Although the academic year has only just begun, I already sense a change of attitude in the people around me as everyone has developed a really strong work ethic. Because most people are either final year or masters students, partying has been seconded to working hard, which feels like a good environment to be in. For me, I feel like my year abroad has made me a lot more driven. After seeing many friends graduate and be launched into the real world, I’ve seen the importance of working as hard as possible in my final year, as well as continuing to beef up my CV in preparation for job applications. Being away has given me a bit of a breather from the intensity of my degree, so that I’ve returned feeling refreshed and ready to take on final year. Fingers crossed all goes well!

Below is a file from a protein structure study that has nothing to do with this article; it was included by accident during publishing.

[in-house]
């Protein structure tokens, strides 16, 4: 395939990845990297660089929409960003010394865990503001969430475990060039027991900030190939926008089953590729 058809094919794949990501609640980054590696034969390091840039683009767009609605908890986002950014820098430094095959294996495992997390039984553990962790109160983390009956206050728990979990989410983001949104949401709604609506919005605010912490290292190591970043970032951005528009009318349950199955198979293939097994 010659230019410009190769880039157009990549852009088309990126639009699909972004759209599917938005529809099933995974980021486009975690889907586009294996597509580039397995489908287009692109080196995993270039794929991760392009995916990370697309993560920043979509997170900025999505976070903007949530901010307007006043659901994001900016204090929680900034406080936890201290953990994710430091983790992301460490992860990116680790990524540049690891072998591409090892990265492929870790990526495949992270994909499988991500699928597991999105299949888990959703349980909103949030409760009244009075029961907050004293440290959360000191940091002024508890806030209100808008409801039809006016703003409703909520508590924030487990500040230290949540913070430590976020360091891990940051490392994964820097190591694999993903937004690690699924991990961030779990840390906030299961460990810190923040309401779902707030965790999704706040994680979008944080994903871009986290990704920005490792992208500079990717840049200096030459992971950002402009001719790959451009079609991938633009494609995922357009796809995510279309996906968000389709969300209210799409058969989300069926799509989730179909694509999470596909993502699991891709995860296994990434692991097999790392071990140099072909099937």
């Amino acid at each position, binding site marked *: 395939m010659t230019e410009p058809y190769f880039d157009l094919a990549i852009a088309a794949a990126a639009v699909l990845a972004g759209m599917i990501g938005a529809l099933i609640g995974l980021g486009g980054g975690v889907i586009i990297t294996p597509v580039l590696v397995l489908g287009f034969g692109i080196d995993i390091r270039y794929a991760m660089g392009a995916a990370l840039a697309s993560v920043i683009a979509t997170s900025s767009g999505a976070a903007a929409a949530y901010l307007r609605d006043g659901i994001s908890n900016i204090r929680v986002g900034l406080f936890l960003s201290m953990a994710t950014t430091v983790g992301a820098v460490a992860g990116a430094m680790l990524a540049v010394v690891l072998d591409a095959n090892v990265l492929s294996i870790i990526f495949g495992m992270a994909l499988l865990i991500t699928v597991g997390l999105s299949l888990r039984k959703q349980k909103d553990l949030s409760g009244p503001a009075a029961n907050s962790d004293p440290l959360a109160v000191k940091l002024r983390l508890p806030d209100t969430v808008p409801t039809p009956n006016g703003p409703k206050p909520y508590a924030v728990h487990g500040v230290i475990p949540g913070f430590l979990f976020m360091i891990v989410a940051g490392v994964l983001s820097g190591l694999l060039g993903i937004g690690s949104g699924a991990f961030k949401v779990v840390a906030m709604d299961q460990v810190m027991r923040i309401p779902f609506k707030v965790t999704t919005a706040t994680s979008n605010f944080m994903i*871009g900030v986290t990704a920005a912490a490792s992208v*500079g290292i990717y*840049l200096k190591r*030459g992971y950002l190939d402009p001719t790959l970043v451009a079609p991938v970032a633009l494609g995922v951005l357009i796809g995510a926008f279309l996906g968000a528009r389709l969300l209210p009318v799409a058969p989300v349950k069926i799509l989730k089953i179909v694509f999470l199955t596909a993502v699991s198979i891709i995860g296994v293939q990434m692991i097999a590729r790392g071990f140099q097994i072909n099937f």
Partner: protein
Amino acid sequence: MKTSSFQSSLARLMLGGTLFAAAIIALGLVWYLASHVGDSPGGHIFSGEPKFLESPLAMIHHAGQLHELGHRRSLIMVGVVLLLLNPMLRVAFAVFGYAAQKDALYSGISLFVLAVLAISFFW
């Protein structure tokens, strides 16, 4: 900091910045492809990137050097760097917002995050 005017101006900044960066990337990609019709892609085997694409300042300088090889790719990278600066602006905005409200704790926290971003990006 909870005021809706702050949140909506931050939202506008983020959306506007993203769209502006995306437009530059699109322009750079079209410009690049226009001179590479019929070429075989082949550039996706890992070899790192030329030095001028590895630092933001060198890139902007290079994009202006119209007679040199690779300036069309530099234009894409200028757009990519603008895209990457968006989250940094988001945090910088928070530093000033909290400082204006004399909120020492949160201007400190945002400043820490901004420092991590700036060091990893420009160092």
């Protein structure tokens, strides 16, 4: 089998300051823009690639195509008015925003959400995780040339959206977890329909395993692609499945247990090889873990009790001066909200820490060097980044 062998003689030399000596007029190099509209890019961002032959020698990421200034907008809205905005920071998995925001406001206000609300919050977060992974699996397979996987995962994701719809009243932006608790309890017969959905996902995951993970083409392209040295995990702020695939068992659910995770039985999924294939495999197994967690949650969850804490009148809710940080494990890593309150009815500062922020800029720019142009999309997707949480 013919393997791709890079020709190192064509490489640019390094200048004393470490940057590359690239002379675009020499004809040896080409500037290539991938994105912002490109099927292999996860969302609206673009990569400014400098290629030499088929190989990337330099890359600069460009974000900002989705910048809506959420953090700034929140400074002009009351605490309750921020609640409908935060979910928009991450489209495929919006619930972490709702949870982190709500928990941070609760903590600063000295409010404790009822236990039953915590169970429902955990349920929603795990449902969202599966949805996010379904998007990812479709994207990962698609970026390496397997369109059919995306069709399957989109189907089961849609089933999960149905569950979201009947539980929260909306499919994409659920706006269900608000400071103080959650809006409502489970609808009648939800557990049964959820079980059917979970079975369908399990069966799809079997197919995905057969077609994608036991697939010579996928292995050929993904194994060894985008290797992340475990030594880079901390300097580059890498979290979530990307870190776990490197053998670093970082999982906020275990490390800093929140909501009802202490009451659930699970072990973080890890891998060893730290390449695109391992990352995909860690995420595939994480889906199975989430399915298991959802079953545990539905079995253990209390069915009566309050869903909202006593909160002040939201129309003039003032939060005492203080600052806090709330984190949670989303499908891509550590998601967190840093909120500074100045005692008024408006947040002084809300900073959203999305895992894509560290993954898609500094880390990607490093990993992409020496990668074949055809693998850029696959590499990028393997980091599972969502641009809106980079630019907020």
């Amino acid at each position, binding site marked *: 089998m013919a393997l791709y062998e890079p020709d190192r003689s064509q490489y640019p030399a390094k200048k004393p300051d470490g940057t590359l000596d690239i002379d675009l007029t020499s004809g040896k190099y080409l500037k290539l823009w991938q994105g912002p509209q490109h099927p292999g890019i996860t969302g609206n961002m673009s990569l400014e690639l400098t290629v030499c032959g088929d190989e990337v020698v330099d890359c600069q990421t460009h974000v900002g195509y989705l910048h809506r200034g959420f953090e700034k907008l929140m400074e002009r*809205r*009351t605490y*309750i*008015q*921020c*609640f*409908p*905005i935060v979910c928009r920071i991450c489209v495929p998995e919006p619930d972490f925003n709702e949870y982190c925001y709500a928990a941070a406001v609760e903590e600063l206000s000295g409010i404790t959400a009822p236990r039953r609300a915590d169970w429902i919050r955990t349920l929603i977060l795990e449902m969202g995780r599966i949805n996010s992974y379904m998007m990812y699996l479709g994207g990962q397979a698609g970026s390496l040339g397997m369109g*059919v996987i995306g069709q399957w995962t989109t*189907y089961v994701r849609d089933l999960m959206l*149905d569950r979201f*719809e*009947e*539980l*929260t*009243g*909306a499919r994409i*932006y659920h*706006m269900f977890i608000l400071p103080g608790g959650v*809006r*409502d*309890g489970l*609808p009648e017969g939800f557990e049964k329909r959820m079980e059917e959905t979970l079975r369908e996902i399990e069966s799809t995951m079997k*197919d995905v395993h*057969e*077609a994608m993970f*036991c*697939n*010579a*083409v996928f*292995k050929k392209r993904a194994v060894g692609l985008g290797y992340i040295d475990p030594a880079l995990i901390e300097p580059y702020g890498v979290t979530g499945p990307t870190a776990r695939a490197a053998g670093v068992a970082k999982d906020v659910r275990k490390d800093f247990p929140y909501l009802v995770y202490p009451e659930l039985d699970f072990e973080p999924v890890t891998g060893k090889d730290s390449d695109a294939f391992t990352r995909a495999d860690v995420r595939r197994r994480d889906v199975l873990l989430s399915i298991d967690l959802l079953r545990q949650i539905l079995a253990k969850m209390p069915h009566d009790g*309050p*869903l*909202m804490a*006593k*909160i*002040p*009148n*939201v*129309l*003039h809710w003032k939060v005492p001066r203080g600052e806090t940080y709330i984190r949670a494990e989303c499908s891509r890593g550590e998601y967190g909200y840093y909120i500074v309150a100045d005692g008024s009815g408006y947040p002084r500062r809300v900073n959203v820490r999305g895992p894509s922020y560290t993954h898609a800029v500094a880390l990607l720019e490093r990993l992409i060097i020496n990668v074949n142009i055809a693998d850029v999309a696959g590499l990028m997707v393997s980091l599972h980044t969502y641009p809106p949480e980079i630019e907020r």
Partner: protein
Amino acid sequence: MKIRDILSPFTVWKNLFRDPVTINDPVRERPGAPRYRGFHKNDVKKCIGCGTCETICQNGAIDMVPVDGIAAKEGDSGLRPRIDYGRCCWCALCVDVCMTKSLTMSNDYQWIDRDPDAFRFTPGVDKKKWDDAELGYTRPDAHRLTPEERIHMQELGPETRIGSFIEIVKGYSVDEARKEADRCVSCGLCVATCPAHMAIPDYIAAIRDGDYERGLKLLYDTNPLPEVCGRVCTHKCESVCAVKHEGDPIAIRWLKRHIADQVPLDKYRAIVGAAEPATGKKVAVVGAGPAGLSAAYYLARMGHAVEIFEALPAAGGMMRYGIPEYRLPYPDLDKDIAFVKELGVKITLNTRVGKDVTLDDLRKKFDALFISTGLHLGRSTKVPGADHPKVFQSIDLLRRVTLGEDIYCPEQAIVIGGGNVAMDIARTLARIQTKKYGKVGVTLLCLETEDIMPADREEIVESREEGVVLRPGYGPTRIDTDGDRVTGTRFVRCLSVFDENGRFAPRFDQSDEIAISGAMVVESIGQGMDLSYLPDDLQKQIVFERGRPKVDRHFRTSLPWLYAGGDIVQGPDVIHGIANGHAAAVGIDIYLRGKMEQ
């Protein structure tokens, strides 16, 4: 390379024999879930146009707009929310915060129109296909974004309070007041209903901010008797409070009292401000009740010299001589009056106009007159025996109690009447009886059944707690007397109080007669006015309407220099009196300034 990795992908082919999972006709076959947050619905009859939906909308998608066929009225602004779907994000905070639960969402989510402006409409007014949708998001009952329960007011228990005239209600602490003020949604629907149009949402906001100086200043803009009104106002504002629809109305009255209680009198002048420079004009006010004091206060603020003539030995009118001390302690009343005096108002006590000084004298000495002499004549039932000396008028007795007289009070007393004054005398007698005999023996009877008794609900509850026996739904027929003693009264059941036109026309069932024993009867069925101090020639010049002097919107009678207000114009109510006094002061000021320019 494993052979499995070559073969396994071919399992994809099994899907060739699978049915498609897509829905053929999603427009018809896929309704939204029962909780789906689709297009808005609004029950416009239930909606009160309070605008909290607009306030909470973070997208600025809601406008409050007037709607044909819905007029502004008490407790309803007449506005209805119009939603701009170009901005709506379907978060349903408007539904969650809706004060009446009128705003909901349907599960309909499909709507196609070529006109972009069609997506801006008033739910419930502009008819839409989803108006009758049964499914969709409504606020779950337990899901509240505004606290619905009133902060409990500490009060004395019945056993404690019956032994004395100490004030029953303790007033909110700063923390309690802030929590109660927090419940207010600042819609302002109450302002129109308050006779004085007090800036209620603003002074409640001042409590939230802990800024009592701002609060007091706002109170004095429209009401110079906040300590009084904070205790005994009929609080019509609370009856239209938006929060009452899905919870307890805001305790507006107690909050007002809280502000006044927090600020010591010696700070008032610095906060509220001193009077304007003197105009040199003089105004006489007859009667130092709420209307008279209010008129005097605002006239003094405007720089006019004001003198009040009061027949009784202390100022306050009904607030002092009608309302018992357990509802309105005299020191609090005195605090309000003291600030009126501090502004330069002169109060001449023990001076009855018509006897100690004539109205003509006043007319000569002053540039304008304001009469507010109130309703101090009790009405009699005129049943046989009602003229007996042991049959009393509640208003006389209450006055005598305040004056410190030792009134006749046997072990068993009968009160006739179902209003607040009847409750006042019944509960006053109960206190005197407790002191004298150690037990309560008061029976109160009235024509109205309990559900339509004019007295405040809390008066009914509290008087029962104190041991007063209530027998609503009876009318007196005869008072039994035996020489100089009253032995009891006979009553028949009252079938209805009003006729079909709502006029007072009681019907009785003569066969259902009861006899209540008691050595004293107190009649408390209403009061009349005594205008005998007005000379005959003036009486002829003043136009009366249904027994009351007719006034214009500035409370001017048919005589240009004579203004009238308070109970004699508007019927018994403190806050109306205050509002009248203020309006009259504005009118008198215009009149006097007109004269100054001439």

By Anna Powell (University of Melbourne, Australia).
I know that everybody says it, but I can’t believe how fast this year has gone. It’s been over a year now since I was saying goodbye to friends and family and boarding a flight to Australia, feeling somewhat unprepared and apprehensive about what to expect when I would land over 10,000 miles away from home.
I remember my arrival as a whirlwind of activity. Melbourne Welcome Week was intense; I stayed at Trinity College with other exchange students from across the world and we were shown the city by local students. It was such a great few days, but after it had finished I didn’t have a plan. I’d expected to meet potential housemates during the week, however nearly all the friends I made had already arranged their accommodation prior to departure.